Forex trading can be very simple or extremely complex, and this largely depends on the type of investment and the profits that investors wish to generate from the trades being conducted. However, no matter how experienced a trader may be, it is always important to know when to cut losses in the market. One of the most enduring sayings on is "Cut your losses short and let your winners run." Sage advice, but many investors still appear to do the opposite.
Every trade conducted has the possibility of going bad, which is why traders should always have an exit strategy in place. By detecting a bad trade early, some money can be spared. It is possible to close an open trade immediately to cut any further losses. When doing this, the trader should not try to recover any of these losses through fast trades elsewhere. Always assess the loss and try to recover these when the market is good and a positive opportunity to invest comes along.
By being able to take losses when they are small, the leverage that you apply on a trade will not come back to bite you as hard and can keep the account well-funded. When you do not learn to cover your losses, it can lead to devastating losses that you will not be able to recover from. In fact, this is one of the most common killers of forex trading accounts. But the biggest issue is to recognize when it is time to let go.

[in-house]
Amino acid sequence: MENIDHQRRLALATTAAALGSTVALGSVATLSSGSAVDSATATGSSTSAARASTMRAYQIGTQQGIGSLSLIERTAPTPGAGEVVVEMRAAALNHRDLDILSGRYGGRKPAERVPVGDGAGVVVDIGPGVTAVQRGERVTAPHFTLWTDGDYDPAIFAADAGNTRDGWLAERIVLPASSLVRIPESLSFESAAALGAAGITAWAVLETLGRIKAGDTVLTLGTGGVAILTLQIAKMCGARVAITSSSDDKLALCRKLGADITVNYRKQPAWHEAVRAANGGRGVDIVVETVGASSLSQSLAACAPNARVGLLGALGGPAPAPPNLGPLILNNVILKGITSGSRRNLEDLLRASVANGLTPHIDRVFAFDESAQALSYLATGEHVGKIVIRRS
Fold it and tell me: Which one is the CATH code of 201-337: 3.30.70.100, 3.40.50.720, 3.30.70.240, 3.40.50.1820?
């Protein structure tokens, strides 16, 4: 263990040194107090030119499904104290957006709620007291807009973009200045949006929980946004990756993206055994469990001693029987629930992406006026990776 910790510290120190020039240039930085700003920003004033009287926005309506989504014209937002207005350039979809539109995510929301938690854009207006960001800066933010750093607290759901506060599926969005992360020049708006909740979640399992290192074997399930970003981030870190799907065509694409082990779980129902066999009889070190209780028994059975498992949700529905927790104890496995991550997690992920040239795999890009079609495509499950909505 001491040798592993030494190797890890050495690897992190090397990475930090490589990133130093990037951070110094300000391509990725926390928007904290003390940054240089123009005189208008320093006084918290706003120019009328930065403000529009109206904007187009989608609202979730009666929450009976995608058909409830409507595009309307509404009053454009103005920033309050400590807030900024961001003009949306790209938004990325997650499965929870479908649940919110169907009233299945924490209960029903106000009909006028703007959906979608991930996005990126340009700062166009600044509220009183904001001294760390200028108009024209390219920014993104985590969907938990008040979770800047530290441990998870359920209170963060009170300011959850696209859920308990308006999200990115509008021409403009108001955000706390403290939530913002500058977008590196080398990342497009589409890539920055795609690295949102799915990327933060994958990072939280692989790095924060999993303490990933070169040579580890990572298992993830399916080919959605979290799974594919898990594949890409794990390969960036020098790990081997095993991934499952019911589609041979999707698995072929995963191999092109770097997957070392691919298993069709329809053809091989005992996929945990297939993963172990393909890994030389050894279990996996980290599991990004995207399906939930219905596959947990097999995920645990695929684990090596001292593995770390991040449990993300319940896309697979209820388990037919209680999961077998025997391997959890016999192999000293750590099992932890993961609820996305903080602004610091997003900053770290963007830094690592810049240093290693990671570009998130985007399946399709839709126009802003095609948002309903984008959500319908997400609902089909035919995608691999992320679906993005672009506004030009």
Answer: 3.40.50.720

The first duty of all forex traders is to protect their forex capital investment. Therefore, even when you suffer a few losses, your forex capital should remain significant enough to enable you to continue trading and possibly recoup your losses. To achieve this, you have to learn how to detect bad trades early enough before your losses turn into huge, unmanageable amounts. For early detection, you can check on the following points: Support, Resistance, Reversal Points, Reversal Candlesticks, other currency pairs etc.
When a trader is down on a positions, many emotions often come into play, making it difficult to cut losses at the right level. The best practice is to decide where losses will be cut before a trade is even initiated. This will assure the trader of the maximum amount he can expect to lose on the trade. The other key element of risk control is overall account risk. In other words, a trader should know before he begins his trading endeavor how much of his account he is willing to lose before ceasing trading and re-evaluating his strategy.